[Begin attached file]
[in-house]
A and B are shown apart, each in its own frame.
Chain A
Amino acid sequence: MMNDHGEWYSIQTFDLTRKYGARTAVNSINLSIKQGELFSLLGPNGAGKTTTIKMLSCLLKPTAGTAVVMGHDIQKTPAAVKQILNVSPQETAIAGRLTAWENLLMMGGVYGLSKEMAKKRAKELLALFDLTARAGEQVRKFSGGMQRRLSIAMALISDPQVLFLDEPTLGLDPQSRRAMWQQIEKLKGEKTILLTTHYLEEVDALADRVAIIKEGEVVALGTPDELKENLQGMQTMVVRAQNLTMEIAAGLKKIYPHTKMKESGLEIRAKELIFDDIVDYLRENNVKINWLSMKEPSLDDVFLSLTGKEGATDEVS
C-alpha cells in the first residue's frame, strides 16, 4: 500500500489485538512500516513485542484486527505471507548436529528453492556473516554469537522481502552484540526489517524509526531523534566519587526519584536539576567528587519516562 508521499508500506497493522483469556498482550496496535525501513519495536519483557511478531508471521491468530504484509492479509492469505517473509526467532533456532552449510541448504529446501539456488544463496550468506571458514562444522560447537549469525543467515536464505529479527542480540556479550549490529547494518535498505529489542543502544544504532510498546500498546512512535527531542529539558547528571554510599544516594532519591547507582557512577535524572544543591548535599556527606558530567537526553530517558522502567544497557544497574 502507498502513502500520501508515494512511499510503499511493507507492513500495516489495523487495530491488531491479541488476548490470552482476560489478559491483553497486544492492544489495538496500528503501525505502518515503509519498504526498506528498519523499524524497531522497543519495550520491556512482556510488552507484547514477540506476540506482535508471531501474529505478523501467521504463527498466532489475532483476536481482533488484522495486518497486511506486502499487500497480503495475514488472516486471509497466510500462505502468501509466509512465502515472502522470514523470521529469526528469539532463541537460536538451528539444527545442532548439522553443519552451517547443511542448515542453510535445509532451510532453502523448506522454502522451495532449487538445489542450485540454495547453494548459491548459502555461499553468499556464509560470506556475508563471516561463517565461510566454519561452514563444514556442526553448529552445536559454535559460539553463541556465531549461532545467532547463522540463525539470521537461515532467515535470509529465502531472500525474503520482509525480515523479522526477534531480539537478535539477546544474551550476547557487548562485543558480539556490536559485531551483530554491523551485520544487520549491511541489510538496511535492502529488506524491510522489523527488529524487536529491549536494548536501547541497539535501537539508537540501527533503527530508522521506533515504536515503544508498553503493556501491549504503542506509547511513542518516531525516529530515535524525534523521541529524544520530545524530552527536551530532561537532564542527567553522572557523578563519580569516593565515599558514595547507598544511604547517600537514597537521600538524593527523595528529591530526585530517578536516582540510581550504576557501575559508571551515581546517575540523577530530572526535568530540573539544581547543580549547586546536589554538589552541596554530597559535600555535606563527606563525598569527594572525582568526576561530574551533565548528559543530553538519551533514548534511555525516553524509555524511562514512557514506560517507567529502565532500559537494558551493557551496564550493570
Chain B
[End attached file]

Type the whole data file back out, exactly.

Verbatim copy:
[in-house]
A and B are shown apart, each in its own frame.
Chain A
Amino acid sequence: MMNDHGEWYSIQTFDLTRKYGARTAVNSINLSIKQGELFSLLGPNGAGKTTTIKMLSCLLKPTAGTAVVMGHDIQKTPAAVKQILNVSPQETAIAGRLTAWENLLMMGGVYGLSKEMAKKRAKELLALFDLTARAGEQVRKFSGGMQRRLSIAMALISDPQVLFLDEPTLGLDPQSRRAMWQQIEKLKGEKTILLTTHYLEEVDALADRVAIIKEGEVVALGTPDELKENLQGMQTMVVRAQNLTMEIAAGLKKIYPHTKMKESGLEIRAKELIFDDIVDYLRENNVKINWLSMKEPSLDDVFLSLTGKEGATDEVS
C-alpha cells in the first residue's frame, strides 16, 4: 500500500489485538512500516513485542484486527505471507548436529528453492556473516554469537522481502552484540526489517524509526531523534566519587526519584536539576567528587519516562 508521499508500506497493522483469556498482550496496535525501513519495536519483557511478531508471521491468530504484509492479509492469505517473509526467532533456532552449510541448504529446501539456488544463496550468506571458514562444522560447537549469525543467515536464505529479527542480540556479550549490529547494518535498505529489542543502544544504532510498546500498546512512535527531542529539558547528571554510599544516594532519591547507582557512577535524572544543591548535599556527606558530567537526553530517558522502567544497557544497574 502507498502513502500520501508515494512511499510503499511493507507492513500495516489495523487495530491488531491479541488476548490470552482476560489478559491483553497486544492492544489495538496500528503501525505502518515503509519498504526498506528498519523499524524497531522497543519495550520491556512482556510488552507484547514477540506476540506482535508471531501474529505478523501467521504463527498466532489475532483476536481482533488484522495486518497486511506486502499487500497480503495475514488472516486471509497466510500462505502468501509466509512465502515472502522470514523470521529469526528469539532463541537460536538451528539444527545442532548439522553443519552451517547443511542448515542453510535445509532451510532453502523448506522454502522451495532449487538445489542450485540454495547453494548459491548459502555461499553468499556464509560470506556475508563471516561463517565461510566454519561452514563444514556442526553448529552445536559454535559460539553463541556465531549461532545467532547463522540463525539470521537461515532467515535470509529465502531472500525474503520482509525480515523479522526477534531480539537478535539477546544474551550476547557487548562485543558480539556490536559485531551483530554491523551485520544487520549491511541489510538496511535492502529488506524491510522489523527488529524487536529491549536494548536501547541497539535501537539508537540501527533503527530508522521506533515504536515503544508498553503493556501491549504503542506509547511513542518516531525516529530515535524525534523521541529524544520530545524530552527536551530532561537532564542527567553522572557523578563519580569516593565515599558514595547507598544511604547517600537514597537521600538524593527523595528529591530526585530517578536516582540510581550504576557501575559508571551515581546517575540523577530530572526535568530540573539544581547543580549547586546536589554538589552541596554530597559535600555535606563527606563525598569527594572525582568526576561530574551533565548528559543530553538519551533514548534511555525516553524509555524511562514512557514506560517507567529502565532500559537494558551493557551496564550493570
Chain B